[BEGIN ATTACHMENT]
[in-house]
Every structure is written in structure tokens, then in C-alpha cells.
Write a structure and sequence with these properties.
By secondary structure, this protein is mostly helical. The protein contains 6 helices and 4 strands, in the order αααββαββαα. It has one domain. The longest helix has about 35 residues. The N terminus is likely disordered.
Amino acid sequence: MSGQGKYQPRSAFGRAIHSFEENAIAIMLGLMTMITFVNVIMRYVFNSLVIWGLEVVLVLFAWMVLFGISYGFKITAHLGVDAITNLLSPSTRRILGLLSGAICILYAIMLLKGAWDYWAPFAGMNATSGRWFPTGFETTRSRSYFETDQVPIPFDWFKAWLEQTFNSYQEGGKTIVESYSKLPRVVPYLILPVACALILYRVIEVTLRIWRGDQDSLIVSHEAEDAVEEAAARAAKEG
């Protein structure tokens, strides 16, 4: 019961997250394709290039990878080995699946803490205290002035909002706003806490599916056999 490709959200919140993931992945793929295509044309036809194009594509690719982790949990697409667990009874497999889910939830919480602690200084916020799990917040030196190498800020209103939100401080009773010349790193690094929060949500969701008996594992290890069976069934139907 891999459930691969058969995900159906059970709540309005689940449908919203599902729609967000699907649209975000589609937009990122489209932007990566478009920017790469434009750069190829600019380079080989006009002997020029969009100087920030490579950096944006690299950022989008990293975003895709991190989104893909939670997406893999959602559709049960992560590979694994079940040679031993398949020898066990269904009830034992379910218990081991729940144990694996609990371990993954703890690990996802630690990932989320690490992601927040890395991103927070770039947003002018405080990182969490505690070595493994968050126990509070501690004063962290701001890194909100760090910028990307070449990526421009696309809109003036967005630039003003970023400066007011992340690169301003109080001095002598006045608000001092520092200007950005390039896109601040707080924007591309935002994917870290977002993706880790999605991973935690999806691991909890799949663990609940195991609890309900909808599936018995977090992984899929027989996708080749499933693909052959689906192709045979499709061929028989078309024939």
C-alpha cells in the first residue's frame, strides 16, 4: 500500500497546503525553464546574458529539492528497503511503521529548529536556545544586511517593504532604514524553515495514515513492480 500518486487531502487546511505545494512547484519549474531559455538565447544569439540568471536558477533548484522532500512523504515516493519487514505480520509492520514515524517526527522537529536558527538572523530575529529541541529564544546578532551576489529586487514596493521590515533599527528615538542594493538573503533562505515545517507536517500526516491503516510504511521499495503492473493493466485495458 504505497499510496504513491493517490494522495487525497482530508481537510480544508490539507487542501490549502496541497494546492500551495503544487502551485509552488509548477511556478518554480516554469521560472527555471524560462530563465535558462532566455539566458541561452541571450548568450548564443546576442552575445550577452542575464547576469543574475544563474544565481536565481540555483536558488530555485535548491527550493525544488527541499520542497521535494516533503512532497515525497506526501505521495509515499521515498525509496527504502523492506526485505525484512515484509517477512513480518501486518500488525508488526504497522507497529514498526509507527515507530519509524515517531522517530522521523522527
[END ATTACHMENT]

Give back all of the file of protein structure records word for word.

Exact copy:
[in-house]
Every structure is written in structure tokens, then in C-alpha cells.
Write a structure and sequence with these properties.
By secondary structure, this protein is mostly helical. The protein contains 6 helices and 4 strands, in the order αααββαββαα. It has one domain. The longest helix has about 35 residues. The N terminus is likely disordered.
Amino acid sequence: MSGQGKYQPRSAFGRAIHSFEENAIAIMLGLMTMITFVNVIMRYVFNSLVIWGLEVVLVLFAWMVLFGISYGFKITAHLGVDAITNLLSPSTRRILGLLSGAICILYAIMLLKGAWDYWAPFAGMNATSGRWFPTGFETTRSRSYFETDQVPIPFDWFKAWLEQTFNSYQEGGKTIVESYSKLPRVVPYLILPVACALILYRVIEVTLRIWRGDQDSLIVSHEAEDAVEEAAARAAKEG
């Protein structure tokens, strides 16, 4: 019961997250394709290039990878080995699946803490205290002035909002706003806490599916056999 490709959200919140993931992945793929295509044309036809194009594509690719982790949990697409667990009874497999889910939830919480602690200084916020799990917040030196190498800020209103939100401080009773010349790193690094929060949500969701008996594992290890069976069934139907 891999459930691969058969995900159906059970709540309005689940449908919203599902729609967000699907649209975000589609937009990122489209932007990566478009920017790469434009750069190829600019380079080989006009002997020029969009100087920030490579950096944006690299950022989008990293975003895709991190989104893909939670997406893999959602559709049960992560590979694994079940040679031993398949020898066990269904009830034992379910218990081991729940144990694996609990371990993954703890690990996802630690990932989320690490992601927040890395991103927070770039947003002018405080990182969490505690070595493994968050126990509070501690004063962290701001890194909100760090910028990307070449990526421009696309809109003036967005630039003003970023400066007011992340690169301003109080001095002598006045608000001092520092200007950005390039896109601040707080924007591309935002994917870290977002993706880790999605991973935690999806691991909890799949663990609940195991609890309900909808599936018995977090992984899929027989996708080749499933693909052959689906192709045979499709061929028989078309024939």
C-alpha cells in the first residue's frame, strides 16, 4: 500500500497546503525553464546574458529539492528497503511503521529548529536556545544586511517593504532604514524553515495514515513492480 500518486487531502487546511505545494512547484519549474531559455538565447544569439540568471536558477533548484522532500512523504515516493519487514505480520509492520514515524517526527522537529536558527538572523530575529529541541529564544546578532551576489529586487514596493521590515533599527528615538542594493538573503533562505515545517507536517500526516491503516510504511521499495503492473493493466485495458 504505497499510496504513491493517490494522495487525497482530508481537510480544508490539507487542501490549502496541497494546492500551495503544487502551485509552488509548477511556478518554480516554469521560472527555471524560462530563465535558462532566455539566458541561452541571450548568450548564443546576442552575445550577452542575464547576469543574475544563474544565481536565481540555483536558488530555485535548491527550493525544488527541499520542497521535494516533503512532497515525497506526501505521495509515499521515498525509496527504502523492506526485505525484512515484509517477512513480518501486518500488525508488526504497522507497529514498526509507527515507530519509524515517531522517530522521523522527